Monday, May 31, 2010

The Library Makes Me Cry

I LOVE the library. I have to hold back tears each time I walk through its doors. No really, I do. Usually, when I leave the library, (having bitten my tongue the whole time I'm in there), I just cry for joy, in the privacy of my own car. I'm never tempted to text message while I'm driving, but I would dearly love to prop a new book on the steering wheel and sneek a peek while I drive. Don't worry, just wishing.

When I was 10, I got a turquoise bike with chrome fenders for my birthday. Freedom. I used to get up early and go ride my bike around Greenlake. I never asked my parents permission and they never batted an eyelash when I came in past breakfast time and informed them I had been several miles away from home, cruising on my bike, but that's another story. On Greenlake Way was a branch of the Seattle Public Library. I loved that place but rarely went inside. My mom was frustrated with trying to keep track of books checked out by her brood and so, paid our fines and cancelled our library cards. On my morning bike rides, I used to stop and sit on the steps and wish I could go inside and get a big stack of books to read. The place wasn't even open at that hour, but I used to wish for library books.

I love the shelves and shelves of books and CDs and DVDs,the smell, the decorations, the stuffed animals, the comfy chairs, the little tables in the children's section, the smiling workers, the clean restroom, the drinking fountain... What other place can you go and walk in and gather up as much stuff as you want from the shelves and take it home with you? Yes, you have to check out your books, and you have to pay a fine if you don't bring them back on time, but this place is free. Anyone can go. And furthermore, I order books online and pick them up from my Black Diamond Library when they are available for me.

I raised my children on the library. When Danny was three we lived in Shelton. It was a HOT summer (check out the temperature records for August/September 1979, record breaking). We would walk to the library, crossing the street several times to stay in the shade as we walked. And then, the cool relief of the LIBRARY. Ahhhh, so nice to sit and read stories and gather up a few to take home. A blessed gift.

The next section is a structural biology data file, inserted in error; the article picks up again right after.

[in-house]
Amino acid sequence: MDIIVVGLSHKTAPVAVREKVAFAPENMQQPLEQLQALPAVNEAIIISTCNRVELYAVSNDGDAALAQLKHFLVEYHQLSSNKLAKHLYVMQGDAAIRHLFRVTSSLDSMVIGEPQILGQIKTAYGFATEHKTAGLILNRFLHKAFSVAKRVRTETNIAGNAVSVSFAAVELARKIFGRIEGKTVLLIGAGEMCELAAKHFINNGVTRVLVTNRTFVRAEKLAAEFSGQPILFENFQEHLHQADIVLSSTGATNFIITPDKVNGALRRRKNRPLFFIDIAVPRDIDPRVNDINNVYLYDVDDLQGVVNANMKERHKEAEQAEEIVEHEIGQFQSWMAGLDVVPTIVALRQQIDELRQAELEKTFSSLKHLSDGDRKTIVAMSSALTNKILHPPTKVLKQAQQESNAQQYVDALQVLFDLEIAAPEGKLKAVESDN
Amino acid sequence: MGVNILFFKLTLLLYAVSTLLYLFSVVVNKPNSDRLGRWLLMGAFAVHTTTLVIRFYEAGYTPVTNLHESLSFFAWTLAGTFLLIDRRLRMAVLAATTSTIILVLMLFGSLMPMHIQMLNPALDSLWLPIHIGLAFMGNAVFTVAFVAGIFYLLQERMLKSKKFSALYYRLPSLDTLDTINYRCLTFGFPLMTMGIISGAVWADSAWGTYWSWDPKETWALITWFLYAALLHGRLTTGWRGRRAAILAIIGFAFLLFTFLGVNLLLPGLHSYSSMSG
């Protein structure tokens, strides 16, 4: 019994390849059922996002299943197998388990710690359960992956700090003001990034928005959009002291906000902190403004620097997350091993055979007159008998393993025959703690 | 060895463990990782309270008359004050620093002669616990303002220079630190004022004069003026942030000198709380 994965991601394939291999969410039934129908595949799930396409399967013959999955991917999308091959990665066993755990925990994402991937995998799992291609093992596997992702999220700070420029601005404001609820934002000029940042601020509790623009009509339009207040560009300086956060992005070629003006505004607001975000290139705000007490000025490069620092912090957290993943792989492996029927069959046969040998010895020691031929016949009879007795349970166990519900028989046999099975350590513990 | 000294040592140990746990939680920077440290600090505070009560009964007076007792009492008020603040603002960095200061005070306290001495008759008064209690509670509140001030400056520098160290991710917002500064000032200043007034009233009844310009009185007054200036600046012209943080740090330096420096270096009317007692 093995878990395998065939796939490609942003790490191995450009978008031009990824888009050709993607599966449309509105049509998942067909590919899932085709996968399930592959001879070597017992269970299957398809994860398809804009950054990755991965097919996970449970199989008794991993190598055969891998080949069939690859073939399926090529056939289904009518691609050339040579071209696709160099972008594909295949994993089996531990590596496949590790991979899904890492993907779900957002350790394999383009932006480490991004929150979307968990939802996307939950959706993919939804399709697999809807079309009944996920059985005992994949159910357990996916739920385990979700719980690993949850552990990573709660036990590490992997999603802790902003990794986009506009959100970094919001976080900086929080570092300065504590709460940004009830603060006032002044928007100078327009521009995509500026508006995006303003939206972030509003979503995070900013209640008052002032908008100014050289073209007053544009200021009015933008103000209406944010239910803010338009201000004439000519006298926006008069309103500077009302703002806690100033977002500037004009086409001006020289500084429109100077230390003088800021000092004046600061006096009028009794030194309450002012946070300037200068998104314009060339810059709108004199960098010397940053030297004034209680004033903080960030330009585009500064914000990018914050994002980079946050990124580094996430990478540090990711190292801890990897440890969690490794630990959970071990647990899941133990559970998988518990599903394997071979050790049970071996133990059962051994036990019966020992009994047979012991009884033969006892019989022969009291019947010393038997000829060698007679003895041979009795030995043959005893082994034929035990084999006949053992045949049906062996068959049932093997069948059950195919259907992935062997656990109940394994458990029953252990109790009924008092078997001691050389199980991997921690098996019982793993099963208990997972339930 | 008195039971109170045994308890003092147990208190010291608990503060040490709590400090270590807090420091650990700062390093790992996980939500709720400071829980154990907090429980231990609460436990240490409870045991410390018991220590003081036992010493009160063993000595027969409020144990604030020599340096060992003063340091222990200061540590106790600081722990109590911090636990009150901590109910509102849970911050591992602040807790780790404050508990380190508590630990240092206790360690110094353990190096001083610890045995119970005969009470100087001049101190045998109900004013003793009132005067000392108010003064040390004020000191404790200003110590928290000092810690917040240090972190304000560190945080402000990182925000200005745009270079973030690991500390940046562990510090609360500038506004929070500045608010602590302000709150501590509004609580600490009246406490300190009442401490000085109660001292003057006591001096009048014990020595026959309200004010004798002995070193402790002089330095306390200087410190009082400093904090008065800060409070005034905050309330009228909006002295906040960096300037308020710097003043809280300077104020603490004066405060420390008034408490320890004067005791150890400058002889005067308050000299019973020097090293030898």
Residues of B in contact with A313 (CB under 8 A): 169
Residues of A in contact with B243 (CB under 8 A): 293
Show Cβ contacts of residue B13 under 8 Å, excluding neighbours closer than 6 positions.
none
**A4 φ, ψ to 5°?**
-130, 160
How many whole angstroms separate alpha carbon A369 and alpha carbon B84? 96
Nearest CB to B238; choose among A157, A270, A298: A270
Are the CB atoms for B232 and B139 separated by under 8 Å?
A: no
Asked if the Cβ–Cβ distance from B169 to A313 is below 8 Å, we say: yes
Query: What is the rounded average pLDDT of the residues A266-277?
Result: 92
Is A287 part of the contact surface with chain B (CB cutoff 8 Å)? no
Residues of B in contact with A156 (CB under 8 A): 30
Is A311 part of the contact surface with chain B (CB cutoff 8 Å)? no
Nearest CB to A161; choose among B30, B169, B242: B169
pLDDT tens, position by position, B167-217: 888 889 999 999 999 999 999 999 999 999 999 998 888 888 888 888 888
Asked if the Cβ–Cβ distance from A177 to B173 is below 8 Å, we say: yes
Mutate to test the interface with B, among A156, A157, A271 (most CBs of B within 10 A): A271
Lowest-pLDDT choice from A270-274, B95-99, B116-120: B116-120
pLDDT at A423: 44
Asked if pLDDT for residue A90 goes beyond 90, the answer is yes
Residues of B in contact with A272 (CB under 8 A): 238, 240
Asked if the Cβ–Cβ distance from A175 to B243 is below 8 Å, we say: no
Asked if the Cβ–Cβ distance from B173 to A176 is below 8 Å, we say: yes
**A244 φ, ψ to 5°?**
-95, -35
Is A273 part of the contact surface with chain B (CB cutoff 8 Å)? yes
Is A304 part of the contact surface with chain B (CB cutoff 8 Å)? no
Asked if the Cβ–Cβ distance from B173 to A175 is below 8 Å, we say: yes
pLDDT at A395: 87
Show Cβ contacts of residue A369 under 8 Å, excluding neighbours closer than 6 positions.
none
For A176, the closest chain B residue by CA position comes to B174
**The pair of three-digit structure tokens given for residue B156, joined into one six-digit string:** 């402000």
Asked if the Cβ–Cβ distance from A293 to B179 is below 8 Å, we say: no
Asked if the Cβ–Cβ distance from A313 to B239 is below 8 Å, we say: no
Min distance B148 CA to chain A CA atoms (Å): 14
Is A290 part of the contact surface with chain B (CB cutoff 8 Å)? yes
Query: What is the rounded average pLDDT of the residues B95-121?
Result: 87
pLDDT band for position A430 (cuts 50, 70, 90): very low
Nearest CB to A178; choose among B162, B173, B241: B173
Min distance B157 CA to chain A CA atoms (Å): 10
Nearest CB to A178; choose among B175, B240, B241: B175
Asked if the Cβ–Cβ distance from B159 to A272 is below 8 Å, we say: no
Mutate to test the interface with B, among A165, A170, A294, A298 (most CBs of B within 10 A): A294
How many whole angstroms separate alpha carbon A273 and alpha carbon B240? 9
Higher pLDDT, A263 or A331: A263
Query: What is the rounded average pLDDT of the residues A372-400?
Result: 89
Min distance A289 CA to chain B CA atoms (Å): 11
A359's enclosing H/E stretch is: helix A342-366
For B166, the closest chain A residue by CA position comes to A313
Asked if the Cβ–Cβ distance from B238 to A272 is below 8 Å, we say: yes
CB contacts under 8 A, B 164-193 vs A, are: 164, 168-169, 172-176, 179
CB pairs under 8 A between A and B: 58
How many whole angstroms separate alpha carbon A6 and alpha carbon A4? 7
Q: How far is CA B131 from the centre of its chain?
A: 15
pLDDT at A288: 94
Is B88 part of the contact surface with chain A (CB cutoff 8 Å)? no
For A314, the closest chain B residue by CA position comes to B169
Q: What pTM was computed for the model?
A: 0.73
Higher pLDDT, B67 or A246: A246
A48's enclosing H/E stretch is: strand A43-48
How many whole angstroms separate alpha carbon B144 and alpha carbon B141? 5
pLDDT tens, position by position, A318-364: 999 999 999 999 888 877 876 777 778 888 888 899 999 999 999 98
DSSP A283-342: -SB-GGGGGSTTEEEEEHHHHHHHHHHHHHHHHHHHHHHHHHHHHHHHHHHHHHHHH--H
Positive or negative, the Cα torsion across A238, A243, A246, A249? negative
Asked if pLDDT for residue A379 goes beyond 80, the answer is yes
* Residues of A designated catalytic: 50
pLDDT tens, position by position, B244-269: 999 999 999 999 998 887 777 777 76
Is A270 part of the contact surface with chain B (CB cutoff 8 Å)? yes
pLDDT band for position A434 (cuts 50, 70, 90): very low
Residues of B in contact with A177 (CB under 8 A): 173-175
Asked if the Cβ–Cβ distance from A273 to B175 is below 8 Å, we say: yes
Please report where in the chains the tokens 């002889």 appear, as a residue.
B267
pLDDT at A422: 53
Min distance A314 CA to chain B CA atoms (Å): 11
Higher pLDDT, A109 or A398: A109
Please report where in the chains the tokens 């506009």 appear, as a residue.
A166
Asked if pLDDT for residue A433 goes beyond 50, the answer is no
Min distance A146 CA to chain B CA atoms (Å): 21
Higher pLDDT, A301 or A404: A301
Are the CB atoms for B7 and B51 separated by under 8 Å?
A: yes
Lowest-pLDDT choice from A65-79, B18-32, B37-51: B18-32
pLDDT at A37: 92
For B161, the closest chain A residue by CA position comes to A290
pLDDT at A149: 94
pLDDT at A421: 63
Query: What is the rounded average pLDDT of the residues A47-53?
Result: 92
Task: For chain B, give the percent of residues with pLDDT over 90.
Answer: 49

Years later, I used to take six small children to the library in Parkland (yes they were all mine). I allowed each child to check out one book per year of age. That was alot of books. I had to fill out a slip of paper for each book: title, author, publisher (why?), copy number etc. Each slip also had my name address and library card number. Wow! I remember corraling a kid between my legs to keep him (probably Christopher) from running noisily through the library. If I had been smart, (which I wasn't) I would have taken a big stack of those check out slips home to fill out my information at my leisure and add the book stuff when we had our stack ready.

When the Spanaway Library was finished, it became our branch with a Computer!!! Woo Hoo! No more slips of paper. At this point, we sometimes took out 80 books a week (remember, we had Noel in our family). I asked the librarian if there was a limit to the number of books we could check out. She said a teacher had recently come in to check out alot of books and the computer had stopped at we were safe.

I remember seeing a bit in Reader's Digest about a small African Country that was trying to promote literacy. A visitor asked if even though she was not a resident, would she be allowed to check out some books. She was given permission, but when she brought a few books to the counter, she was told she could not take these few books because the library had a 13 book minimum, per person! Now, that's promoting literacy. I love that.

We have a small library in Black Diamond. I sometimes go to the Auburn Library. The Maple Valley Library is a few miles away from home and the Muckleshoot Library is a few miles from my work. I shop in Federal Way and use one of the two libraries there (can't wait until the renovation is finished on the FW Regional Library next week). I love the Bellevue and Issaquah libraries, but I don't get there much with my current work schedule. I take my nanny babies to the Enumclaw Library and while their mom is at physical therapy, you can find us at the Covington library, so there you have my libraries of choice.

Anne, Laura, Jurgis, Kunta Kinte, Corrie, Precious, Jim, Caddie, Clifford, Horton, Abigail, this list could be pages long. I have met and love and hated so many people in library books. I have learned from all of them.